Review Date: 1/3/10
Written And Directed By: James Cameron
Music: James Horner
Cast: Sam Worthington, Zoë Saldana, Stephen Lang, Sigourney Weaver, Michelle Rodriguez, Giovanni Ribisi, Joel Moore
Every so often a film comes along that breaks down the barriers of what you thought was possible. "Avatar" is one of those films. Certainly not because of its story, acting, or drama, but for its sheer visual splendor and its ability to so fully realize an alien world. The execution is flawless and James Cameron makes every little detail of the planet Pandora utterly believable, with the small exception of the characters' dumbed down dialog. To be fair, the main character is a muscle-bound and not-so-bright ex-marine, but that doesn't make him pleasant or easy to identify with. The story is a derivative cautionary tale of greed and ecological horror, as humans execute a slash-and-burn mining operation on the fantastic planet of Pandora. Sigourney Weaver heads up a scientific research group that studies the indigenous people of Pandora called the Na'vi, and has developed a way for humans to telepathically control artificially grown Na'vi bodies as a way to integrate with the natives. Through a strange twist of fate, ex-marine Jake Sully (Sam Worthington) is chosen to control one of these avatars, and through another strange twist of fate he meets a female Na'vi named Neytiri (Zoë Saldana) and is taken in by her tribe. But trouble is brewing as the mining corporation and its security force plan to destroy the Na'vi and their most sacred places, with extreme force if necessary. Jake has to decide whose side he's on and which race to betray. Naturally, the final thirty minutes are a last stand confrontation between the two races, with enormous amounts of death and destruction.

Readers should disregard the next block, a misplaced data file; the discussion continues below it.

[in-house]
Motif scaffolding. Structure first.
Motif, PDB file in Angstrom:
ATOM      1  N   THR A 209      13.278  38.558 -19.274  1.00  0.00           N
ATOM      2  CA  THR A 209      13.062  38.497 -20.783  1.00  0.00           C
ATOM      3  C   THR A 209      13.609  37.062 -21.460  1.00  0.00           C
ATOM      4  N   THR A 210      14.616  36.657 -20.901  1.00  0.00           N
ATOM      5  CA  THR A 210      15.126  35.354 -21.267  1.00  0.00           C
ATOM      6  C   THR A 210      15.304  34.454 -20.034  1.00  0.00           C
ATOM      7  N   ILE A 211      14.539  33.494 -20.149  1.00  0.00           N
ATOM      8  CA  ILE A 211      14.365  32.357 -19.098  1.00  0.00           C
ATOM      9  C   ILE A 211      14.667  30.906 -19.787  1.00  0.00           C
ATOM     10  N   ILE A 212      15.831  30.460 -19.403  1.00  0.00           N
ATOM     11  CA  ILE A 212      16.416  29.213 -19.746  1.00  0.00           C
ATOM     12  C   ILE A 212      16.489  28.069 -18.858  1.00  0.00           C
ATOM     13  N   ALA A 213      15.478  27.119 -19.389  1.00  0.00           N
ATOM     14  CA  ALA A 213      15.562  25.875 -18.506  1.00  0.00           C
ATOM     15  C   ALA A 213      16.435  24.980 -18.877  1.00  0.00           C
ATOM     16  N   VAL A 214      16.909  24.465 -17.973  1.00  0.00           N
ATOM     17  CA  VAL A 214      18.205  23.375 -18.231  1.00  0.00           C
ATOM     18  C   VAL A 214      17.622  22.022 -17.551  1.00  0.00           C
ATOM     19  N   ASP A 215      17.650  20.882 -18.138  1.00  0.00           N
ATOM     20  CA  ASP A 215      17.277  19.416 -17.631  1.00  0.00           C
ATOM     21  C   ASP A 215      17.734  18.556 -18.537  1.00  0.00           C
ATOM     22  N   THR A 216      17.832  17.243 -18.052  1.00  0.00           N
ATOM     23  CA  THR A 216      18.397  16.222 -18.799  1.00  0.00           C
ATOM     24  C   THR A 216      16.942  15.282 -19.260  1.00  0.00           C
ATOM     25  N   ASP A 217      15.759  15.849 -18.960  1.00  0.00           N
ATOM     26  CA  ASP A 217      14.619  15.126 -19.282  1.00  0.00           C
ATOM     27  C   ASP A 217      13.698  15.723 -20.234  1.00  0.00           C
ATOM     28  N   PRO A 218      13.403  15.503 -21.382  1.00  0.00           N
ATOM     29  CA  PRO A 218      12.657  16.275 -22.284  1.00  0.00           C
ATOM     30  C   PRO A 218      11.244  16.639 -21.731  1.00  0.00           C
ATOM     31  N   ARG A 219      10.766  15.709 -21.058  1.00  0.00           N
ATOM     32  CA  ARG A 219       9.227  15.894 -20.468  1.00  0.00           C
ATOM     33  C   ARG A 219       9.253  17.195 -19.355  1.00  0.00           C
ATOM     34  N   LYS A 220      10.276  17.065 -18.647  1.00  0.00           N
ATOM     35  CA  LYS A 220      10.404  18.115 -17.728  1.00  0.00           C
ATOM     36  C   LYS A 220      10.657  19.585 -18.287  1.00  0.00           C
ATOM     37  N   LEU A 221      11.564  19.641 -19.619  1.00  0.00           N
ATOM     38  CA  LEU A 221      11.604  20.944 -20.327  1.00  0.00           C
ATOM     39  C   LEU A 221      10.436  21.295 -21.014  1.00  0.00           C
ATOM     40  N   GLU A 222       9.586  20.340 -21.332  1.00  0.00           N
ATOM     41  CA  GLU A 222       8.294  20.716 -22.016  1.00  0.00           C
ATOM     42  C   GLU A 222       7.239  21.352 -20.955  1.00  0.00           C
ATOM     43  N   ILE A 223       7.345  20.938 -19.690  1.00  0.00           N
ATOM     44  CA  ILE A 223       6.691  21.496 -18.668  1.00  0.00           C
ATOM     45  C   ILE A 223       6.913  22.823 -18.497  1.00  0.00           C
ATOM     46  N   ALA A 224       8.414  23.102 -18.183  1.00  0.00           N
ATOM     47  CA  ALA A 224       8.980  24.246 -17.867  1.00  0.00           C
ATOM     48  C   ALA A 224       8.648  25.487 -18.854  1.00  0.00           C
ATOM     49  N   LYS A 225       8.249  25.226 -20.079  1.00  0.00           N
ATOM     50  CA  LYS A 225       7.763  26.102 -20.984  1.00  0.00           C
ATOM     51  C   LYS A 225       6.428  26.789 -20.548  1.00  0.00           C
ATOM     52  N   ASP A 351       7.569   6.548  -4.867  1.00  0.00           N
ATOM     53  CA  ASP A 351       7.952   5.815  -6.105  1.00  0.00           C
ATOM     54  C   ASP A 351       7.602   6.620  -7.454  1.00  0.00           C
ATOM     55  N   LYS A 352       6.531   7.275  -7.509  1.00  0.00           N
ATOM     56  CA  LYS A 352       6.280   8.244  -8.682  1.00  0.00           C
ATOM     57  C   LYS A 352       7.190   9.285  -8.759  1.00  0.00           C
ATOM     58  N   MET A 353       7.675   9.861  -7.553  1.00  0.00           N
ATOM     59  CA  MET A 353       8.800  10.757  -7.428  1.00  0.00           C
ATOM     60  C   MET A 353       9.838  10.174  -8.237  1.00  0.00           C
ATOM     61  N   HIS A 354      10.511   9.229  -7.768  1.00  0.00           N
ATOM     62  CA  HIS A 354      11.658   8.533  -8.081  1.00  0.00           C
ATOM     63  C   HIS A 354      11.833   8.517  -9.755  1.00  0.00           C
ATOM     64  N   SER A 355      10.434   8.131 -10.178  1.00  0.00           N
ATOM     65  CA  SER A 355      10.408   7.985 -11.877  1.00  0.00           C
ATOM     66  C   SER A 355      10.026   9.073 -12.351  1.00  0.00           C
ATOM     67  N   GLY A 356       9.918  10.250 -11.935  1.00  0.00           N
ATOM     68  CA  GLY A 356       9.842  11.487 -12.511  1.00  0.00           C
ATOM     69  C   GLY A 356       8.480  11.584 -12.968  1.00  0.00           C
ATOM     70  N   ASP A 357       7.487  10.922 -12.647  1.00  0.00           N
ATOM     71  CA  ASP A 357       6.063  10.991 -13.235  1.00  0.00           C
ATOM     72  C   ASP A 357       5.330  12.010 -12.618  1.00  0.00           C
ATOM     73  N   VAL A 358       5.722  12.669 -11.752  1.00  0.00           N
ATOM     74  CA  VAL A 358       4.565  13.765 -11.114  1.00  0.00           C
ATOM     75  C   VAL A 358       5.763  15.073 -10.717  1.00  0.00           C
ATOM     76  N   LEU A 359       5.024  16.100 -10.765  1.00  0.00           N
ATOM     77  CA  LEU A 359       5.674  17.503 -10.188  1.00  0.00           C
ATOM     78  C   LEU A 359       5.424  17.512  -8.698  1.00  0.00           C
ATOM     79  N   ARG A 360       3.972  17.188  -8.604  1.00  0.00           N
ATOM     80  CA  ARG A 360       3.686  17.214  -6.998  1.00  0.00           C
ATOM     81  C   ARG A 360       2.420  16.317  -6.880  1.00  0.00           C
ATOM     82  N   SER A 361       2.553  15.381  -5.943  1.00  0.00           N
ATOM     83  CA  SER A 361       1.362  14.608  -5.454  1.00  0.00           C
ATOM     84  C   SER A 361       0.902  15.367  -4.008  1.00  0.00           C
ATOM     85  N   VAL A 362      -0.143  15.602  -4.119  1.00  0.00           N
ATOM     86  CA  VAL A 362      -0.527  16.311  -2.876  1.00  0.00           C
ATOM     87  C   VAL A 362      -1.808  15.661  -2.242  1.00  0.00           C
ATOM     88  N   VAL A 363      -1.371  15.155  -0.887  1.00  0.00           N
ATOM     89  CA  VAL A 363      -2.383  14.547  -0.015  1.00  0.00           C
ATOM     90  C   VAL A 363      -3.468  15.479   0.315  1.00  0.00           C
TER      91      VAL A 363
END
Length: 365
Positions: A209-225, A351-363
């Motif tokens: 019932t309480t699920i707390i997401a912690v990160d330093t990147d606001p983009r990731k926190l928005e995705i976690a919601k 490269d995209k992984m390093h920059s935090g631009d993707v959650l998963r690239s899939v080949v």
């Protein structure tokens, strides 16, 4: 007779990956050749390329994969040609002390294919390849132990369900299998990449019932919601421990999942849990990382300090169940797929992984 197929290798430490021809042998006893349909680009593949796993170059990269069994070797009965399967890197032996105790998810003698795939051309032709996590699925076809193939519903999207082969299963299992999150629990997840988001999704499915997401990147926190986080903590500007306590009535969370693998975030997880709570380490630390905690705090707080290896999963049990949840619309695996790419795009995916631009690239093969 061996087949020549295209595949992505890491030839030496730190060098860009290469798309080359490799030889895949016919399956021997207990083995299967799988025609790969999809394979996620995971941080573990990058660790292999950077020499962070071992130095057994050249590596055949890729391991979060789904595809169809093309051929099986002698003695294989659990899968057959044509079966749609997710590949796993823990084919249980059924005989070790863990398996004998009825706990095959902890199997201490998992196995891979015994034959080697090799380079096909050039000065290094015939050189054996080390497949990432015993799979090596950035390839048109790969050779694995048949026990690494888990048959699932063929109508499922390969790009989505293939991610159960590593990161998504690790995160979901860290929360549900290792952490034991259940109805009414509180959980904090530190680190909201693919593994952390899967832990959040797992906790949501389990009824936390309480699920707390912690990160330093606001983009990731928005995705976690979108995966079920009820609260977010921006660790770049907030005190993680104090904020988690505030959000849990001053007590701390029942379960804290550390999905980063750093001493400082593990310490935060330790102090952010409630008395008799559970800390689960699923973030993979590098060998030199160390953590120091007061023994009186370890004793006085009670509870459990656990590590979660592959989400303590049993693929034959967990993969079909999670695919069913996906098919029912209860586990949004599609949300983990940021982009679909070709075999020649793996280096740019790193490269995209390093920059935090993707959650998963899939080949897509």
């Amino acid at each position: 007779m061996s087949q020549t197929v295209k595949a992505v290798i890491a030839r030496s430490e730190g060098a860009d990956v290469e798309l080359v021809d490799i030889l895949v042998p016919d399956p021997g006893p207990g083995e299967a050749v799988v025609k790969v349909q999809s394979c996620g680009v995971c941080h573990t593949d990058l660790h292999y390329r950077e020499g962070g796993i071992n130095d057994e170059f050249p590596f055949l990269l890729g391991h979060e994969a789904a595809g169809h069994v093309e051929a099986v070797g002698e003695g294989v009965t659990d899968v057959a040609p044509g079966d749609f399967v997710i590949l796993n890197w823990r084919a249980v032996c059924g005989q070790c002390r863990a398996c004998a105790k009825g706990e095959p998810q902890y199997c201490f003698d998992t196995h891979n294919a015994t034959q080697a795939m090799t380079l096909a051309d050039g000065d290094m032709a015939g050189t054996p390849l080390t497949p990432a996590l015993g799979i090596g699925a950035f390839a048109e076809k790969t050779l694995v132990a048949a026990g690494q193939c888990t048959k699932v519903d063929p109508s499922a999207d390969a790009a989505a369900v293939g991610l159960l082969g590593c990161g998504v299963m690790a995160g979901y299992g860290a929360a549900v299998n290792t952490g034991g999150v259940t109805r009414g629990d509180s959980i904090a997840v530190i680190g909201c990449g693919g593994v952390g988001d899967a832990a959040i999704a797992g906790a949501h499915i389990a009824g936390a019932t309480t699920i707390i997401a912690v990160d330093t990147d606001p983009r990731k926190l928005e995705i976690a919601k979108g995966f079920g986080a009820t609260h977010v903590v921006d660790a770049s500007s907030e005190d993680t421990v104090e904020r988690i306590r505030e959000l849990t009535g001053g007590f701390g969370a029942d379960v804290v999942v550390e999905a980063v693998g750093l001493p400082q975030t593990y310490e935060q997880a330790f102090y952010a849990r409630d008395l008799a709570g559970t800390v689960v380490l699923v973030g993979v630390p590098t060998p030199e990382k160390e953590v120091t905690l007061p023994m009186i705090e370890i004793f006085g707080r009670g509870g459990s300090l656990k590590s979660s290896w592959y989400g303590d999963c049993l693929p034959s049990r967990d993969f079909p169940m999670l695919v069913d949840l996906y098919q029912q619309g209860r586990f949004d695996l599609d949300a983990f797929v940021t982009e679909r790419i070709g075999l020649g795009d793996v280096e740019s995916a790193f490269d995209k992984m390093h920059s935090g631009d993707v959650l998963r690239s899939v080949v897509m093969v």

As Cameron's first film since "Titanic" (1997), I knew that this was going to be big and it does not disappoint. However, I was annoyed by the fact that Cameron was reportedly working on a live action adaptation of "Battle Angel" before he switched gears to work on "Avatar." Honestly, I would have preferred to see that film instead. Adding more confusion was the fact that M. Night Shyamalan was making a live action adaptation of the animated TV series called "Avatar" at the same time, and that its title was changed to "The Last Airbender." I guess in the end, none of that really matters and all we're left with is an amazing piece of cinema. More than anything, the film resembles a live action version of "Final Fantasy X" with its breathtaking locales, diverse flora and fauna, various cultures and races, and its heavy handed themes of Man vs. Machine vs. Nature. In fact, the film is probably the best video game adaptation ever, except that it's not based on a video game... All of the actors do a fine job, but they're severely upstaged by the visual effects. The awe and wonder of Pandora never lets up, and each new scene is filled with even more stunning imagery. The attention to detail is quite overwhelming, and the film definitely deserves multiple viewings to be fully appreciated. Well done, Mr. Cameron. Now, about that "Battle Angel" film you were working on...